Fighting for Indigenous Inmates and Religious Rights
Indian Country Today
Since at least 2013, there has been a continuous call for improved conditions across the U.S. when it comes to indigenous prisoners religious rights. On August 3, Huy (pronounced Hoyt) submitted comments to U.S. Secretary of State Rex Tillerson calling attention to ongoing violations of incarcerated indigenous on the state and local level.
The national non-profit’s comments were submitted for the State Department’s November 20, 2017 report to the Committee on the Elimination of Racial Discrimination (CERD). The comments were sent to both the state department and CERD.
Huy’s comments are a follow-up to the report that the American Indian-run, Seattle-based NGO submittedto CERD in 2014. In its 2017 report, Huy explains that, “The United States has been on notice of this failure to protect indigenous prisoners’ religious freedoms since at least mid-2013, when it received an inquiry about these violations from the United Nations Special Rapporteur on the Rights of Indigenous Peoples together with the Special Rapporteur on Freedom of Religion or Belief. To our knowledge, the United States has yet to respond to this inquiry, despite calls from indigenous leaders in the United States.”
In 2014, National Congress of American Indians (NCAI) President Brian Cladoosby called upon then Secretary of State John Kerry to respond to the United Nations Special Rapporteur’s 2013 inquiry. There has yet to be a response from the State Department to that United Nations inquiry or to Huy’s 2014 report.
“Our trustee has yet to hear our calls for justice on behalf of our imprisoned relatives. So we turn to international human rights forums for accountability,” stated NCAI President Cladoosby, who also sits on Huy’s Board of Advisors. “We continue to hope and pray for national intervention against state and local government violation of indigenous prisoner religious freedoms.”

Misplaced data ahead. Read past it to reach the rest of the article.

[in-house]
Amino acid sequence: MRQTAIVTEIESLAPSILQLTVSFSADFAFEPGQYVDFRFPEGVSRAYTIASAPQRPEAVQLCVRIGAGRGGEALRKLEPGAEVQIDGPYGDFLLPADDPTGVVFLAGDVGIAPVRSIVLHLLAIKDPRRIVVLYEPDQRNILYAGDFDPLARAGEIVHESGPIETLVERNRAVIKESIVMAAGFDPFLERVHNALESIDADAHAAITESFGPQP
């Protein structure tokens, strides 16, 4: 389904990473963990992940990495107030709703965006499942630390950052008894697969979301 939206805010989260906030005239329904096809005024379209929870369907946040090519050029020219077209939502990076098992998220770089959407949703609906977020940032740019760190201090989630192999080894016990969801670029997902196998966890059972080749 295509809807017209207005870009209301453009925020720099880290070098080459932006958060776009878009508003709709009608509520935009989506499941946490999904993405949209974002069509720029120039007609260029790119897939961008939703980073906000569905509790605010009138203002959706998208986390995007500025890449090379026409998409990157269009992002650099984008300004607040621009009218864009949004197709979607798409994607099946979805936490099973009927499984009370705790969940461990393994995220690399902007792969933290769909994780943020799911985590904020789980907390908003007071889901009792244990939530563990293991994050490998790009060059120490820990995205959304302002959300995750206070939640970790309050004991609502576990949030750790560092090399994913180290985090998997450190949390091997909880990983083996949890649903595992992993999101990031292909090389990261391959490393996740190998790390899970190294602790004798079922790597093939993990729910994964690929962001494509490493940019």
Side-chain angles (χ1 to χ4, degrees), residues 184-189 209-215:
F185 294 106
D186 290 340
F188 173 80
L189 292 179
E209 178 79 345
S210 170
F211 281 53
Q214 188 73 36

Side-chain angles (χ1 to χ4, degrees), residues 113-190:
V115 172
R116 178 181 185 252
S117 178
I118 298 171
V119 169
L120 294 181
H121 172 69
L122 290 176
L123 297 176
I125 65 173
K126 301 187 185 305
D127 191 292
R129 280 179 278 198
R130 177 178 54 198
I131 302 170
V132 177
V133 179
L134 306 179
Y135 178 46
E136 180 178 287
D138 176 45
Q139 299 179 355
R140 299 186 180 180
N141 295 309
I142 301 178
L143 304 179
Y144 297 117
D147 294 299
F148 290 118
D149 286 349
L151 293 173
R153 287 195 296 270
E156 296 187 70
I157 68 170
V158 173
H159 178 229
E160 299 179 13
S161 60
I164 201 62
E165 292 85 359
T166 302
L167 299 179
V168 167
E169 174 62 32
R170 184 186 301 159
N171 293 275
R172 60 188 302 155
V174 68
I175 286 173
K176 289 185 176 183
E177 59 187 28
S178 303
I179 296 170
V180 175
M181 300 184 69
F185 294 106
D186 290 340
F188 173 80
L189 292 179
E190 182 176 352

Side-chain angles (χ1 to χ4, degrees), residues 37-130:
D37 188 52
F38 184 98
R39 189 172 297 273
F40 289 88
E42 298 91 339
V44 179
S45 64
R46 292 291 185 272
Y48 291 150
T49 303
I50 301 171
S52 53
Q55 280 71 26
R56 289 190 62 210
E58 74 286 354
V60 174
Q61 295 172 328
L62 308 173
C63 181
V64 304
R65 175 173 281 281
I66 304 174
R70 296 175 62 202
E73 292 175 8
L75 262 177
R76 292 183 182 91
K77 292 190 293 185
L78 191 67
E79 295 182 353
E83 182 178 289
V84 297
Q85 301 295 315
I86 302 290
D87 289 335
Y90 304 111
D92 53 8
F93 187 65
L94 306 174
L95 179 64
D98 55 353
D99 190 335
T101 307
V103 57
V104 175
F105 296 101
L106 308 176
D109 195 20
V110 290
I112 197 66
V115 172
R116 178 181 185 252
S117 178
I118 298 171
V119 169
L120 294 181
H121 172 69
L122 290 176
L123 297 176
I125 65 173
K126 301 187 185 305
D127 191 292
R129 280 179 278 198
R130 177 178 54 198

The August 3 letter to Secretary Tillerson addresses the continued violation of ICERD articles 2, 5, and 6, along with the treatment of indigenous inmates that is inconsistent with UNDRIP articles 2, 12, 18, and 19.
Violations are happening across the country, but Huy highlighted issues in Alabama, California, Idaho, Texas and Wyoming state prisons.
In Alabama’s case, the state, along with nine other states, continue to prohibit indigenous prisoners from seeking a religiously based exemption from prison policies banning long hair.
There have been small victories for indigenous inmates and their religious rights. The most recent was a decision by Neil Gorsuch, U.S. Supreme Court Justice, while serving as a federal Court of Appeals judge said that Wyoming had placed a substantial burden on the free exercise of religion by Andrew Yellowbear by denying him access to the prison’s sweat lodge.
Victories like this only happen because indigenous prisoners are “being forced to vindicate their rights through protracted litigation,” according to Huy. Litigation, as Huy explained to Tillerson, is not an effective remedy to the problem.
“The Trump Administration is rather obviously committed to states’ rights, to mass incarceration, and to the freedom of religion—at least Western religion,” said Huy Chairman Gabe Galanda, an Indian civil rights lawyer in Seattle. “Those commitments must also make way for the exercise of American Indian religious freedom within state or local prisons, as the U.S. Constitution and federal statute require.”
Huy in the Coast Salish Indian Lushootseed language means “see you again/we never say goodbye.” The non-profit provides economic, educational, rehabilitative and religious support for American Indian, Alaska Native and other indigenous prisoners in the Pacific Northwest and throughout the United States.